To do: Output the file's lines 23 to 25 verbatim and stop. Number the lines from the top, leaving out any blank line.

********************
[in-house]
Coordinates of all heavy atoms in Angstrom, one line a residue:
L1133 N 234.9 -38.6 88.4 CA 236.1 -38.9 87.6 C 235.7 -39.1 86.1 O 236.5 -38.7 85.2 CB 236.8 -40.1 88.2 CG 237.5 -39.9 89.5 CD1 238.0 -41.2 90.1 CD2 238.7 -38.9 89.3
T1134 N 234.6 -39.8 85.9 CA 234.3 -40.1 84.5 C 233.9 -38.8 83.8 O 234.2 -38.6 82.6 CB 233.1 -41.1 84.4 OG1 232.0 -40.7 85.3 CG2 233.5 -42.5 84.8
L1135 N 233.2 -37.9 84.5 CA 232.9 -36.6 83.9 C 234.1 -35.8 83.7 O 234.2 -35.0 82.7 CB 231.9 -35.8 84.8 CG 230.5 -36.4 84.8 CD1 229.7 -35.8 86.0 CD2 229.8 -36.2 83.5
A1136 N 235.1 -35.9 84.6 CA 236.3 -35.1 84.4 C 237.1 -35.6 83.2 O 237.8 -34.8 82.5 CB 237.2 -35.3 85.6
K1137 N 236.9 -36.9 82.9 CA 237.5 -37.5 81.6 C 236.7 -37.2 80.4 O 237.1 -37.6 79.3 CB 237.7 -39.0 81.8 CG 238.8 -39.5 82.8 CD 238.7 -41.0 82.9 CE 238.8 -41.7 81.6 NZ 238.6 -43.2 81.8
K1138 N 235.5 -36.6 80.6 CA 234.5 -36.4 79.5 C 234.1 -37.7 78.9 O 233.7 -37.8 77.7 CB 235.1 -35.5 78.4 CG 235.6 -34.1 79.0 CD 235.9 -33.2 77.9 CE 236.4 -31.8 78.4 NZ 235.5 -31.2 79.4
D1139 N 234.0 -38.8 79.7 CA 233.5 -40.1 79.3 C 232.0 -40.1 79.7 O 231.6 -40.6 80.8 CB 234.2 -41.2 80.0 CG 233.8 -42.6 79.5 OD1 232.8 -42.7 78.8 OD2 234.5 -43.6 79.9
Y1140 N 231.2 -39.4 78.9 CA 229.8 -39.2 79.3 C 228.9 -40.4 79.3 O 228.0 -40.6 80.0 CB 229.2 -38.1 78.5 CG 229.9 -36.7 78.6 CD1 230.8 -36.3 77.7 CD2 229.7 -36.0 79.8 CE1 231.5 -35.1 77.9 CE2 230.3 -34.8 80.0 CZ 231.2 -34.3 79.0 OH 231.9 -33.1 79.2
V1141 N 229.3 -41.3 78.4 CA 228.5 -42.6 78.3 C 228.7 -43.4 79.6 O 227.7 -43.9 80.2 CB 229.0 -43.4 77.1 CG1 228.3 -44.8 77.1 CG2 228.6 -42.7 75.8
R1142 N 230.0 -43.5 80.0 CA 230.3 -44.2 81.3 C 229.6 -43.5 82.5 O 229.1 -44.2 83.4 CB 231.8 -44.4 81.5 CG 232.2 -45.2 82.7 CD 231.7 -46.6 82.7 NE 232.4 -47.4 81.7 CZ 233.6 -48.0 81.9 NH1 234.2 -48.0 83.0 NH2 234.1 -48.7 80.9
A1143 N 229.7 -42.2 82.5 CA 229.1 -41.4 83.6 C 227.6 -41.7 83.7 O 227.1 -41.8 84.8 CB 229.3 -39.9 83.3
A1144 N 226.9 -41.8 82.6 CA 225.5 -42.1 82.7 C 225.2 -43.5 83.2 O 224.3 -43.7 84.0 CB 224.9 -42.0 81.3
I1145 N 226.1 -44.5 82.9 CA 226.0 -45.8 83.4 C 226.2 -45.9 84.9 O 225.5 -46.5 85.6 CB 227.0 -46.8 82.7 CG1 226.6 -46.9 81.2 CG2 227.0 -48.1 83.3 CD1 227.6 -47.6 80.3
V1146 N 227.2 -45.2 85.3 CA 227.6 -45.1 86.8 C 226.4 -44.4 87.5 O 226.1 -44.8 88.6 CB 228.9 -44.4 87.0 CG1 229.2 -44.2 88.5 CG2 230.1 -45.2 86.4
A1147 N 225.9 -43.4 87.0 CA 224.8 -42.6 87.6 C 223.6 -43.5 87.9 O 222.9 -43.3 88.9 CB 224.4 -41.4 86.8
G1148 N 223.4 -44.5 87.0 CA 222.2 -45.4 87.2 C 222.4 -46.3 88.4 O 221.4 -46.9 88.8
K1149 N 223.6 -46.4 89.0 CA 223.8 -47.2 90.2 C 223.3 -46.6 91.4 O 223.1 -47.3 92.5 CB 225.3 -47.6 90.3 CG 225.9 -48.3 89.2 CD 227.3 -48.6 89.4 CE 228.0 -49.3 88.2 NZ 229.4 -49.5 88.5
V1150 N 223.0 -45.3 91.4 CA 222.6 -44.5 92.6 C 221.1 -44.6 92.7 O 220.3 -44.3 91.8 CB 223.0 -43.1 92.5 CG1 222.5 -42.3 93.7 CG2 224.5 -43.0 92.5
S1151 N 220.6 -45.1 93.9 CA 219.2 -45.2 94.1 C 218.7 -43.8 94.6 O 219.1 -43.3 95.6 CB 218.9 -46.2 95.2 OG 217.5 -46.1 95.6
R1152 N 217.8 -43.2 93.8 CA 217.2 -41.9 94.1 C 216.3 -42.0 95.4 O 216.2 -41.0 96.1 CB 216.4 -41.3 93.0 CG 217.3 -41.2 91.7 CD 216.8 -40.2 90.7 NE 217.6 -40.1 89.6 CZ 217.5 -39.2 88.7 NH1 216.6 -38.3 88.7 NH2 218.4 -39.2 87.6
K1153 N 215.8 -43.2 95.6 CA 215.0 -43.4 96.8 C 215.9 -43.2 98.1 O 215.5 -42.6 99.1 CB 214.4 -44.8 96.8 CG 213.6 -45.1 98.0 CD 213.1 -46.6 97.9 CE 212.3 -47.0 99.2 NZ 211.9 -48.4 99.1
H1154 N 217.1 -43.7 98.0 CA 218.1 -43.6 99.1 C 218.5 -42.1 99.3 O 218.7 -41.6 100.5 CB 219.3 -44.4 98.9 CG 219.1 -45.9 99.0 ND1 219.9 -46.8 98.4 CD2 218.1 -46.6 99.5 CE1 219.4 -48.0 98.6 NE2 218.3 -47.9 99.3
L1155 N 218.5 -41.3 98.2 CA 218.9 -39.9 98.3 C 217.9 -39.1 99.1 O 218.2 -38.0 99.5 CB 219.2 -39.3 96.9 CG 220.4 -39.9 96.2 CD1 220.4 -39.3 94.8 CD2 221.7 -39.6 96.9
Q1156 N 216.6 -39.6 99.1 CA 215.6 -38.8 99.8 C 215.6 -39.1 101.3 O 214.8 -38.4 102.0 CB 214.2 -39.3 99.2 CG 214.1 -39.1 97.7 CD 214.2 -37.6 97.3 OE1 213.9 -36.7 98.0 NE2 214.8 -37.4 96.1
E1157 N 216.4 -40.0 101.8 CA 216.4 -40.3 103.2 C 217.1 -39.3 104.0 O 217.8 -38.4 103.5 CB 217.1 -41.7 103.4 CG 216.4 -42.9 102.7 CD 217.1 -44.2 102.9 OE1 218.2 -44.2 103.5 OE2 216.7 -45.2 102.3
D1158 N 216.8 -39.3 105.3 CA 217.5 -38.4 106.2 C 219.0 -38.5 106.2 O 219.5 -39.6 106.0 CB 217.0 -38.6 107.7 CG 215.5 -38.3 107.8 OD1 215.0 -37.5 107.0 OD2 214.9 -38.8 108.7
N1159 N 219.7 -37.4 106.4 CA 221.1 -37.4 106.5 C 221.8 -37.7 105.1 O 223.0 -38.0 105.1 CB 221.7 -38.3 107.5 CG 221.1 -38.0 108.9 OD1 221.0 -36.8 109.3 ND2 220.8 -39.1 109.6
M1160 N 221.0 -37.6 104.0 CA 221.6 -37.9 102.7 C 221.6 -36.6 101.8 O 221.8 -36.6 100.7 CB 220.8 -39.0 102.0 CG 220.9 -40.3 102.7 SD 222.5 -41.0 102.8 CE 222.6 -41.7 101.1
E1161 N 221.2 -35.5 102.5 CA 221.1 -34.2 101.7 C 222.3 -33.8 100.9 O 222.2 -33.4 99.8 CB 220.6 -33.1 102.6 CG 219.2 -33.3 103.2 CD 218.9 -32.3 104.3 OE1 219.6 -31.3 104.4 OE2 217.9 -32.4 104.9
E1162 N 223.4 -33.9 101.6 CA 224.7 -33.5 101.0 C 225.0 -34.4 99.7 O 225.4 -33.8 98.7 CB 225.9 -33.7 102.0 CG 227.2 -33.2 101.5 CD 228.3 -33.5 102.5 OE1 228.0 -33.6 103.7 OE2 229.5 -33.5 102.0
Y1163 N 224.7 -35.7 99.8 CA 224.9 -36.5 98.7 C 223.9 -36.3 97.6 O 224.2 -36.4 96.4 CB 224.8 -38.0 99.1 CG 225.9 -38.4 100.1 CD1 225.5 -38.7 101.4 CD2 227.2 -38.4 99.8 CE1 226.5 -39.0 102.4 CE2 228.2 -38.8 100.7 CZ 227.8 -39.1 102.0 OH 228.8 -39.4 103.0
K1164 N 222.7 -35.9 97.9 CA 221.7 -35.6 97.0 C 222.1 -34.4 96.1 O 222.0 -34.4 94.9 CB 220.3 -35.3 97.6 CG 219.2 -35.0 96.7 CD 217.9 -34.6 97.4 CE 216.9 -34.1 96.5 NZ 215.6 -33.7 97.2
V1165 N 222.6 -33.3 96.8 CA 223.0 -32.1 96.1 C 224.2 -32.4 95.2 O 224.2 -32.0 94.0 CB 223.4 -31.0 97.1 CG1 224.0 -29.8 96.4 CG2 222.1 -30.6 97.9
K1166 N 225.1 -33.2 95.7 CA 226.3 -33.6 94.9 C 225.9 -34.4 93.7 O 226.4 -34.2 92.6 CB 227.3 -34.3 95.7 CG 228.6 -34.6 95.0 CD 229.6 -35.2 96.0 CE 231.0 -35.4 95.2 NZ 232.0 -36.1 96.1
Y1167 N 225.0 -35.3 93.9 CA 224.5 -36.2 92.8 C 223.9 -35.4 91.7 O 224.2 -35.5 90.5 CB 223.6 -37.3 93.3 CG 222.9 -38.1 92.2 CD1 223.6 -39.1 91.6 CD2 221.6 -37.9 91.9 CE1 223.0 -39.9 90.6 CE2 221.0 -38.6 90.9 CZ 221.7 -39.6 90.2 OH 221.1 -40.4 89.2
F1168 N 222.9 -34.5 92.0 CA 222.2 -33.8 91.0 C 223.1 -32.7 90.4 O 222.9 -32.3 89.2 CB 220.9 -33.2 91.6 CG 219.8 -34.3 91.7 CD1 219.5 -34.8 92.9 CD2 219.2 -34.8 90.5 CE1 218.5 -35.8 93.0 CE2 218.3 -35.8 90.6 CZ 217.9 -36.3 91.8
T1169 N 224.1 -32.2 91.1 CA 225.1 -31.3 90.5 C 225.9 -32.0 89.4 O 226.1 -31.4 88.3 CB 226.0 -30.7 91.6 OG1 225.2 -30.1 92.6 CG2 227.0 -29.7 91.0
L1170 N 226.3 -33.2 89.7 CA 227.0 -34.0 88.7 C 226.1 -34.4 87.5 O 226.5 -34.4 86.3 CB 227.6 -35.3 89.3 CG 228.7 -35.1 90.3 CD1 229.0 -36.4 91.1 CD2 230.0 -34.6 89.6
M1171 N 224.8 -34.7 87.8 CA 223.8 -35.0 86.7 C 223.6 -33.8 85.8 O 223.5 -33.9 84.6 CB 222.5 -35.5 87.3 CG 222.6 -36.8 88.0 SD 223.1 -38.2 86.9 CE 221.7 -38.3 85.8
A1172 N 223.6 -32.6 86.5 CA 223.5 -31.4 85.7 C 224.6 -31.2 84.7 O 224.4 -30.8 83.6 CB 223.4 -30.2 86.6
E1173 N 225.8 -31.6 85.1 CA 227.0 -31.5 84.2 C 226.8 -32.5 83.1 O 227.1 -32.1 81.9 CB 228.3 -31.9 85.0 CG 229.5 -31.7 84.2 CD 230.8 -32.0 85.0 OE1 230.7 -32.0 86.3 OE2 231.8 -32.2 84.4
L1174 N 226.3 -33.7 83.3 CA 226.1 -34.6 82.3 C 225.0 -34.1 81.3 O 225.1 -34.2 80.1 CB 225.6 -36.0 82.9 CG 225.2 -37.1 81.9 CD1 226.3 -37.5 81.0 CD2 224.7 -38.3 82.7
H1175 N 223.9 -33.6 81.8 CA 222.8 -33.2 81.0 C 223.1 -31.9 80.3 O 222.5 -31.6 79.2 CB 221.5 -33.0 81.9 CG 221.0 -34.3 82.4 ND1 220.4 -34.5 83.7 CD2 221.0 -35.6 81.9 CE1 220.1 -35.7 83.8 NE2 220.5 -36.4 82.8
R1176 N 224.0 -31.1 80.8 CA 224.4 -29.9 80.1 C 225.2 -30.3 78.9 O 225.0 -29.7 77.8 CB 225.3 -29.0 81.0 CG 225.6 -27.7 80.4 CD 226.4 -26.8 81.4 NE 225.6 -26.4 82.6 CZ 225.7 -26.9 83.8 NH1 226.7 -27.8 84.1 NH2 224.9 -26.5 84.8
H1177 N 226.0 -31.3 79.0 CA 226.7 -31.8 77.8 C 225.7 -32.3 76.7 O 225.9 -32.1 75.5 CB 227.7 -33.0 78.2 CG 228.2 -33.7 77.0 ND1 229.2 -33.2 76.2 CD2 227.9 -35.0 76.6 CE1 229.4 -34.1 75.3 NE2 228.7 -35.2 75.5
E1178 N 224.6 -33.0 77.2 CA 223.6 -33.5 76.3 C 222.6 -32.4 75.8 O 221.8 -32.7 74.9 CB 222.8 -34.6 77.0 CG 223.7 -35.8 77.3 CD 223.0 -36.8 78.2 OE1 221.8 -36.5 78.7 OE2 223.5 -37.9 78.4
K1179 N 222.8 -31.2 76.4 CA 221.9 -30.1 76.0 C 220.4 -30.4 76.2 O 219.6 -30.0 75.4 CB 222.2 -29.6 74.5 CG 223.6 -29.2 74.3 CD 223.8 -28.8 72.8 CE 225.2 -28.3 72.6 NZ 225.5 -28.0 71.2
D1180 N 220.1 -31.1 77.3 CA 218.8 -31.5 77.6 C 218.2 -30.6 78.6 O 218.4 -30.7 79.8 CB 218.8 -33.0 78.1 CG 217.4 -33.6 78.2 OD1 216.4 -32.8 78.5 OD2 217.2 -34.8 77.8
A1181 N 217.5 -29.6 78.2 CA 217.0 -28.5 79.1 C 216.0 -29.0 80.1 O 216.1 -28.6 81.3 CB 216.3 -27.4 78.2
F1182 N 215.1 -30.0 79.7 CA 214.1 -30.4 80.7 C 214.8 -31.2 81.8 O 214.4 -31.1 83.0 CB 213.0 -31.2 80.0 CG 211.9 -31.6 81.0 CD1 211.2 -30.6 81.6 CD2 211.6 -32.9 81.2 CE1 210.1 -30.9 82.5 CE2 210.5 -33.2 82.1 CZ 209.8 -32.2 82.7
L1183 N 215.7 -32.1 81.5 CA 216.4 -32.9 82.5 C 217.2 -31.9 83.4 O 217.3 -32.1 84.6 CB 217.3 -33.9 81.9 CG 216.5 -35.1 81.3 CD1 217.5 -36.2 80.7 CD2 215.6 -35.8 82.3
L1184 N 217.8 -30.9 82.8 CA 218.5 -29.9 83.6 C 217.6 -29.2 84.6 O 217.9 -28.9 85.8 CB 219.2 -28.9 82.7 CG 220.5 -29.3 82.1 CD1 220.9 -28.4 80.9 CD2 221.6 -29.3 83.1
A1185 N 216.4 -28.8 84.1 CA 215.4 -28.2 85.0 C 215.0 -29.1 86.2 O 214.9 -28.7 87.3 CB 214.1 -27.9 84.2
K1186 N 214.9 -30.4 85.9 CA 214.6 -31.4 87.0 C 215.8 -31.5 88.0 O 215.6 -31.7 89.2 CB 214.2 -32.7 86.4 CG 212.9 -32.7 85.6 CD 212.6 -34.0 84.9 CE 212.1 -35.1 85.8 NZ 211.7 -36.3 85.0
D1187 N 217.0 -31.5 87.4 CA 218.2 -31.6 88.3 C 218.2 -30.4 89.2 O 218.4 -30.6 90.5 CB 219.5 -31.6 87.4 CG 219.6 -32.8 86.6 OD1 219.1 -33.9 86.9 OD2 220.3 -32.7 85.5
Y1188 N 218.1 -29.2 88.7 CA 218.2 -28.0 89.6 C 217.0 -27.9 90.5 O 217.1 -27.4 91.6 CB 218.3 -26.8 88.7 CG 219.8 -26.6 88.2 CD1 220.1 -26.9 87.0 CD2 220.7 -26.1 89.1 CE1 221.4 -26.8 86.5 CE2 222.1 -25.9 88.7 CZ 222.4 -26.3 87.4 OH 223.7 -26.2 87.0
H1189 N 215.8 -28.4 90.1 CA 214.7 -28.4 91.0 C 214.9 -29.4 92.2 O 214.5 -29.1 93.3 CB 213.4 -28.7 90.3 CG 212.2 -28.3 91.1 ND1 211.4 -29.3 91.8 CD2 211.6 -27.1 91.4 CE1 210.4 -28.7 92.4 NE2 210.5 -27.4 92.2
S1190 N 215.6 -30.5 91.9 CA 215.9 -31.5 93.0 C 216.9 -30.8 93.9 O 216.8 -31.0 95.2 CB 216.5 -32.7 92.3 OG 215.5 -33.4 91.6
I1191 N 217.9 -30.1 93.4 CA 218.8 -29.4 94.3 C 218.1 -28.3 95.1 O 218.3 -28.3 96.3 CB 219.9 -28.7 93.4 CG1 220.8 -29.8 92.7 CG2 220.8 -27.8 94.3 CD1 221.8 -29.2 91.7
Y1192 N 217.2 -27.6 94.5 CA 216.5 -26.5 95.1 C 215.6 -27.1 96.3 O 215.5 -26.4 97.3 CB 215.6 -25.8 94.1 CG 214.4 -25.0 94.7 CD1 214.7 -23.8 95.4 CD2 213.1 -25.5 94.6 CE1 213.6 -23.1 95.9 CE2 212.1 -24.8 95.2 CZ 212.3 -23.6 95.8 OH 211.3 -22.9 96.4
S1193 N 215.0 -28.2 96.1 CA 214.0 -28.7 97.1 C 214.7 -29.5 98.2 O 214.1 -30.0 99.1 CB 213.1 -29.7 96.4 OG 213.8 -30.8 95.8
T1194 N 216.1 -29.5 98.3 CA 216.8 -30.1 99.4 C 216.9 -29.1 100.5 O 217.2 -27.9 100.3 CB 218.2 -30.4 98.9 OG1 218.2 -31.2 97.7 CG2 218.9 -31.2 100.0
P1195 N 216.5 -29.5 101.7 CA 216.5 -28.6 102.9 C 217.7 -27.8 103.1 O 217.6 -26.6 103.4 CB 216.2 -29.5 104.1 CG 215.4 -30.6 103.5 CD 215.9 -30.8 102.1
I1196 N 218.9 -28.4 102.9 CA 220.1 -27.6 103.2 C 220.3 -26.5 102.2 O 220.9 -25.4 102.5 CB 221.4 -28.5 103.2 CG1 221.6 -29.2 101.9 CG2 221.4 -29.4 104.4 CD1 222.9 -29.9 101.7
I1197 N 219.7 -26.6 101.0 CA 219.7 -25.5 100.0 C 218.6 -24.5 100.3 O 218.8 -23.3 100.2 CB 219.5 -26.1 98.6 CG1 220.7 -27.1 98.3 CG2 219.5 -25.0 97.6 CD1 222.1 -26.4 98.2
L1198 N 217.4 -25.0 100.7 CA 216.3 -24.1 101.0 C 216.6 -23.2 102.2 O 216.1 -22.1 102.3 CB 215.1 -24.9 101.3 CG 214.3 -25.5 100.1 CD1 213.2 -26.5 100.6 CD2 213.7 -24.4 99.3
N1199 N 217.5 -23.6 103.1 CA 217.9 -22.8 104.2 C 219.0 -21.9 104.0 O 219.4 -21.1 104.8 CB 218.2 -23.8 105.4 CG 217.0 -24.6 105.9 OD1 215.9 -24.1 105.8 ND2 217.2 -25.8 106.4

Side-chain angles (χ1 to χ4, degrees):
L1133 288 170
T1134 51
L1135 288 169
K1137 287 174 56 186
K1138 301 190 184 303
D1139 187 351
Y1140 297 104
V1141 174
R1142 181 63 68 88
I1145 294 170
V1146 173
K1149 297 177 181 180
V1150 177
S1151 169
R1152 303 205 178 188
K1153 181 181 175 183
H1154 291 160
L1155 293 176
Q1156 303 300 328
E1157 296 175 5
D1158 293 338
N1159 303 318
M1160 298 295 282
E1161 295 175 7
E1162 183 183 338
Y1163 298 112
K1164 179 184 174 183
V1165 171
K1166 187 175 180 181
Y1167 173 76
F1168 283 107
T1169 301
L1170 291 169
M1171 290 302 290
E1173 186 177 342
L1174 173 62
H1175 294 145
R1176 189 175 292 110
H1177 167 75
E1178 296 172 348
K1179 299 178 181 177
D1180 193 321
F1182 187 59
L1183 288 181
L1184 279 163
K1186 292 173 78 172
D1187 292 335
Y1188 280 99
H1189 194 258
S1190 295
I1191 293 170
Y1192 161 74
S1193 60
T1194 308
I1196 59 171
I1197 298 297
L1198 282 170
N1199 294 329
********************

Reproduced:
K1153 N 215.8 -43.2 95.6 CA 215.0 -43.4 96.8 C 215.9 -43.2 98.1 O 215.5 -42.6 99.1 CB 214.4 -44.8 96.8 CG 213.6 -45.1 98.0 CD 213.1 -46.6 97.9 CE 212.3 -47.0 99.2 NZ 211.9 -48.4 99.1
H1154 N 217.1 -43.7 98.0 CA 218.1 -43.6 99.1 C 218.5 -42.1 99.3 O 218.7 -41.6 100.5 CB 219.3 -44.4 98.9 CG 219.1 -45.9 99.0 ND1 219.9 -46.8 98.4 CD2 218.1 -46.6 99.5 CE1 219.4 -48.0 98.6 NE2 218.3 -47.9 99.3
L1155 N 218.5 -41.3 98.2 CA 218.9 -39.9 98.3 C 217.9 -39.1 99.1 O 218.2 -38.0 99.5 CB 219.2 -39.3 96.9 CG 220.4 -39.9 96.2 CD1 220.4 -39.3 94.8 CD2 221.7 -39.6 96.9